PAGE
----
Although I no longer consider myself an Objectivist (or, if you like, a Randian), it is a sad fact that I happen to know more about the philosophy of Ayn Rand than almost all of her numerous defenders.
Case in point: some recent criticism of Ron Paul by several declared Objectivists.
First up, Robert Bidinotto, a staffer at the Atlas Society and editor of a magazine called The New Individualist:
... Add to this also Paul's indiscriminately declared hostility to "war" as such, which (regardless of his protestations) can only translate into a de facto pacifism and isolationism.
Is this foreign-policy outlook realistic? Not since about 1789.
The relentless advance of communication, transportation, satellite, and weapons technology has simply obliterated the geographic "isolationism" that was still largely possible at the time of America's founding.
Next up, Shawn Klein, a professor of philosophy at Rockford College:
War and Foreign Policy... Though this is where much of Paul’s growing popularity is coming from, this is where I have the biggest problem with Paul. His isolationism is dangerous and unrealistic. He appears to accept the view, unfortunately peddled by the otherwise great Cato Institute, that if only we would leave the Islamists alone they would not attack us....
Now I have my disagreements with Ron Paul's understanding of the state of the world and I yield to no one in my condemnation of Islam. But I also know an anti-concept when I see one, and "isolationism" is just such a smear. On the topic, consider some choice words from Ayn Rand herself, in an article entitled "Extremism" or The Art of Smearing (in The Objectivist Newsletter, Volume 3, Number 9, September 1964) wherein she discussed the attacks against Barry Goldwater's so-called extremism during the 1964 election:
Observe that everyone at the Republican Convention seemed to understand the implicit purpose behind the issue of "extremism," but nobody would name it explicitly. The debate was conducted in terms of enormous, undefined "package-deals," as if words were merely approximations intended to connote an issue no one dared to denote. The result gave the impression of a life-and-death struggle conducted out of focus.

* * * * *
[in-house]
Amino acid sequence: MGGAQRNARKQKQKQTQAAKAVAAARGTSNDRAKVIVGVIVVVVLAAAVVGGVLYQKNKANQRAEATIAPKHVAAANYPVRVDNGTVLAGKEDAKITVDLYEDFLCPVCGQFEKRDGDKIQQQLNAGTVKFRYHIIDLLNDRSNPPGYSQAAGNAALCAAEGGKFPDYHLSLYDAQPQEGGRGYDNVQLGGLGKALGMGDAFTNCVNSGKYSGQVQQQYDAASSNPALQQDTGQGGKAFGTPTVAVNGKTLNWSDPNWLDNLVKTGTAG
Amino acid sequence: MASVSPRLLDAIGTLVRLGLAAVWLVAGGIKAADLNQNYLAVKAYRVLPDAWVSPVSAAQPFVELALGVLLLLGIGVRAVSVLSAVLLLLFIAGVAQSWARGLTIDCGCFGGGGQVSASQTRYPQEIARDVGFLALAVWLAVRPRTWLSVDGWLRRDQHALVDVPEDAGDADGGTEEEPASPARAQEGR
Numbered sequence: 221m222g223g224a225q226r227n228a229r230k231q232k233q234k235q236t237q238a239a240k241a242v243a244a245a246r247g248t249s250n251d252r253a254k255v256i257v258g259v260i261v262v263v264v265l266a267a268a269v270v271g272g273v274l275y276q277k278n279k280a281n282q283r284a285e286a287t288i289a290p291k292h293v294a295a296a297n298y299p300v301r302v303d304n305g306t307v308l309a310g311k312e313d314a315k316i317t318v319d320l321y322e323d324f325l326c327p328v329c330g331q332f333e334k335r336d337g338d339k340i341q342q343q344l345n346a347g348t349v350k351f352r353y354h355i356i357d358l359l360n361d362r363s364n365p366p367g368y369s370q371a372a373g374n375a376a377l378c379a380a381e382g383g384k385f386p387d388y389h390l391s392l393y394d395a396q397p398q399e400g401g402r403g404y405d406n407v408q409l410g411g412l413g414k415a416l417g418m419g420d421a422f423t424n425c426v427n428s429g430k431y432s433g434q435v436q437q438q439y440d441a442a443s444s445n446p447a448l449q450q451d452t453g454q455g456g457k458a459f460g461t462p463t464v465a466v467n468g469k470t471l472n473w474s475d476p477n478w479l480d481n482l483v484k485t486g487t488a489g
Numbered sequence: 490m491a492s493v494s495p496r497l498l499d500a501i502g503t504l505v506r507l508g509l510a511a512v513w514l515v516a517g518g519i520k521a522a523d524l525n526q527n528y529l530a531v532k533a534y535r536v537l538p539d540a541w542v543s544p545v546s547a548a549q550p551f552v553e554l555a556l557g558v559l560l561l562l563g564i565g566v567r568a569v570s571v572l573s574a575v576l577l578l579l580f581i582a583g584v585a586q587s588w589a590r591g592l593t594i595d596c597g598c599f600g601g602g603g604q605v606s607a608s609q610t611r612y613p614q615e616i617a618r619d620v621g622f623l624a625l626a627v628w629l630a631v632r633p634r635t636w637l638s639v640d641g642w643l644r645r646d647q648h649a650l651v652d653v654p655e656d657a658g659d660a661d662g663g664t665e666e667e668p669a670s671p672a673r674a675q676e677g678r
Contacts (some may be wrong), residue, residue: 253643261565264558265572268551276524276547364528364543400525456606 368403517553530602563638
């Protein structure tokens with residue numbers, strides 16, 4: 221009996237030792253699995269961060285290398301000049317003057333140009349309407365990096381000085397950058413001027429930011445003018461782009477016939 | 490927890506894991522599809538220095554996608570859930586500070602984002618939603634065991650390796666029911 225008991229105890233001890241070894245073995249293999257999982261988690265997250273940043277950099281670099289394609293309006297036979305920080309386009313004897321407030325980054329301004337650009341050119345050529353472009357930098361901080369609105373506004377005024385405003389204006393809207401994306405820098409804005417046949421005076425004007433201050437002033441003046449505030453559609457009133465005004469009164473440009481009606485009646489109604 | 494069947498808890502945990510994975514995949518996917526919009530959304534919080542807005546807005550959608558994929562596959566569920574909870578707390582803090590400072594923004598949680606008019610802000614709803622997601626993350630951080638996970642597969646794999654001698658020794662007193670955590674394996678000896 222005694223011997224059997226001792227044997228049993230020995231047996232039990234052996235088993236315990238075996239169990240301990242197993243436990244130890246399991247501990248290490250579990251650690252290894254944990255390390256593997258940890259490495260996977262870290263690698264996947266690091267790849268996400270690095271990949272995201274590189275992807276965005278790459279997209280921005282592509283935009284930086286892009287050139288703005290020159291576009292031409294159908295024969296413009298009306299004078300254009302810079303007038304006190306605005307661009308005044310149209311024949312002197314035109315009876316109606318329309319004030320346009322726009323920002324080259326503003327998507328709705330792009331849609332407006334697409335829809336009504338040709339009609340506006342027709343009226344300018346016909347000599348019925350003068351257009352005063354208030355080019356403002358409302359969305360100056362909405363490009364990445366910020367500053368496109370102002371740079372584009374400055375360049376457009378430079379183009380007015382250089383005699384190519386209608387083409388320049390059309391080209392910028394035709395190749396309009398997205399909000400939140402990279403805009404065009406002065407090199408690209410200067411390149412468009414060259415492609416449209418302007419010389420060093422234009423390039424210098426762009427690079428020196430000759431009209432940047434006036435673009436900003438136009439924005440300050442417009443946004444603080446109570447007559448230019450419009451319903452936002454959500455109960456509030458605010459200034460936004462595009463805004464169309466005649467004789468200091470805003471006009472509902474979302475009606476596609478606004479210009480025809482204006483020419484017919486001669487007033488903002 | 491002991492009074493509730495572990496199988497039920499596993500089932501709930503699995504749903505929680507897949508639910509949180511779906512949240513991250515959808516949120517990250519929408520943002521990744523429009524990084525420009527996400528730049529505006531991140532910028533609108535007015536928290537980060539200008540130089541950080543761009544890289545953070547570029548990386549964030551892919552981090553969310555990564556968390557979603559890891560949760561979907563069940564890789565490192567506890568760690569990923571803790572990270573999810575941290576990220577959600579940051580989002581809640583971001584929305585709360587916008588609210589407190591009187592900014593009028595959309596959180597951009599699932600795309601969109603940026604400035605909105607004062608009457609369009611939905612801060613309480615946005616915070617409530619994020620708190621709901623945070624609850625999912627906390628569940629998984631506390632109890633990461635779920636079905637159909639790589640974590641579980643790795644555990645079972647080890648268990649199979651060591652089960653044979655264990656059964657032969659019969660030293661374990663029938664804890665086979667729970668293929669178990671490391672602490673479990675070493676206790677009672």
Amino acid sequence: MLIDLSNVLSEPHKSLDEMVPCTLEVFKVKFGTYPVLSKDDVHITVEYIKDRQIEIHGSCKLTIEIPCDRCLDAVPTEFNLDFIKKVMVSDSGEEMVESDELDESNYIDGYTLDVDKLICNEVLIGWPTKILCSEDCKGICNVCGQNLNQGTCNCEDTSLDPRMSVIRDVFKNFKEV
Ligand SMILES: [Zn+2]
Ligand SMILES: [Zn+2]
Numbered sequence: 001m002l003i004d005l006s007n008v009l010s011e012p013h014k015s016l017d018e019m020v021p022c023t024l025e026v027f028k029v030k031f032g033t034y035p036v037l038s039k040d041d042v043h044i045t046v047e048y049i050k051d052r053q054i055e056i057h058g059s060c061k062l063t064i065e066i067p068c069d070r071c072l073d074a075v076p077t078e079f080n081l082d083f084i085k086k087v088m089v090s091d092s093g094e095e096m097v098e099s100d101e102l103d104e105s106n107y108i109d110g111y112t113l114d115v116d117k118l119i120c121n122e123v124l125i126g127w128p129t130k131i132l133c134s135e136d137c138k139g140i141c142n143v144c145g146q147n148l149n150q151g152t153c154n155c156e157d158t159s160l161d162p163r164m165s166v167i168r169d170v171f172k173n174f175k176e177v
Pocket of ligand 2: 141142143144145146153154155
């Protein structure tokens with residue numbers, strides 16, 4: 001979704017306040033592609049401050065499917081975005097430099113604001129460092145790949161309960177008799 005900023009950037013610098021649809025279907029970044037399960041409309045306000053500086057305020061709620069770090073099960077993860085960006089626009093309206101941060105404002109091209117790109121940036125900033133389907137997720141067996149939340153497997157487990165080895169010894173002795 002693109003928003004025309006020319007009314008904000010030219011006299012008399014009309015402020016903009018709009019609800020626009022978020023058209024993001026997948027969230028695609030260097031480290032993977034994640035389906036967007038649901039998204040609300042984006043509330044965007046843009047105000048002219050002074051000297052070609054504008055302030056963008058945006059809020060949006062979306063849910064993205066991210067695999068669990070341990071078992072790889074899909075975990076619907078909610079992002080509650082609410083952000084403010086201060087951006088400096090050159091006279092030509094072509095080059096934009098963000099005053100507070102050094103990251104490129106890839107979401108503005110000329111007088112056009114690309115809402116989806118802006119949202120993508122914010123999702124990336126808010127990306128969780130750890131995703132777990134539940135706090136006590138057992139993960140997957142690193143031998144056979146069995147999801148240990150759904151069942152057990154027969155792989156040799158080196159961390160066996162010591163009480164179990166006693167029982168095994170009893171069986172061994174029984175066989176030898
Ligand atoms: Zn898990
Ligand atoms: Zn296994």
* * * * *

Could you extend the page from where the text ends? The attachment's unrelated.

The same atmosphere dominates the public controversy now raging over this issue. People are arguing about "extremism" as if they knew what that word meant, yet no two statements use it in the same sense and no two speakers seem to be talking about the same subject. If there ever was a tower-of-Babel situation, this is surely it. Please note that that is an important part of the issue.
In fact, most people do not know the meaning of the word "extremism"; they merely sense it. They sense that something is being put over on them by some means which they cannot grasp.
In order to understand what is done and how it is being done, let us observe some earlier instances of the same technique.
A large-scale instance, in the 1930's, was the introduction of the world "Isolationism" into our political vocabulary. It was a derogatory term, suggesting something evil, and it had no clear, explicit definition. It was used to convey two meanings: one alleged, the other real—and to damn both.
The alleged meaning was defined approximately like this: "Isolationism is the attitude of a person who is interested only in his own country and is not concerned with the rest of the world." The real meaning was: "Patriotism and national self-interest."
What, exactly, is "concern with the rest of the world"? Since nobody did or could maintain the position that the state of the world is of no concern to this country, the term "isolationism" was a straw man used to misrepresent the position of those who were concerned with this country's interests. The concept of patriotism was replaced by the term "isolationism" and vanished from public discussion.
The number of distinguished patriotic leaders smeared, silenced, and eliminated by that tag would be hard to compute. Then, by a gradual, imperceptible process, the real purpose of the tag took over: the concept of "concern" was switched into "selfless concern." The ultimate result was a view of foreign policy which is wrecking the United States to this day: the suicidal view that our foreign policy must be guided, not by considerations of national self-interest, but by concern for the interests and welfare of the world, that is, of all countries except our own.
Ayn Rand opposed American involvement in the Vietnam War, the Korean War, World War Two, and for all I know World War One. Given that track record, I think she would have opposed the Gulf War and the Iraq War, too. By god, was she a pacifist and an isolationist, clinging blindly to a principle of international relations that went out of fashion in 1789? You betcha, and she was proud of it! "If this be isolationism, make the most of it!"
What these pseudo-Objectivist anti-isolationists fail to recognize is that the interventionism is a form of altruism in the sense that Rand defined: selfless concern for others. The real argument for the Iraq War is not and was not protecting America from weapons of mass destruction 6,000 miles from our shores, but the old Wilsonian chimera of making the world safe for democracy and helping other peoples join the modern world (not out of concern for the American national interest but out of selfless concern for other countries).
But what do I know? I'm not a philosophy professor or think-tank policy wonk, just a poor slob new intellectual.
Peter Saint-Andre > Journal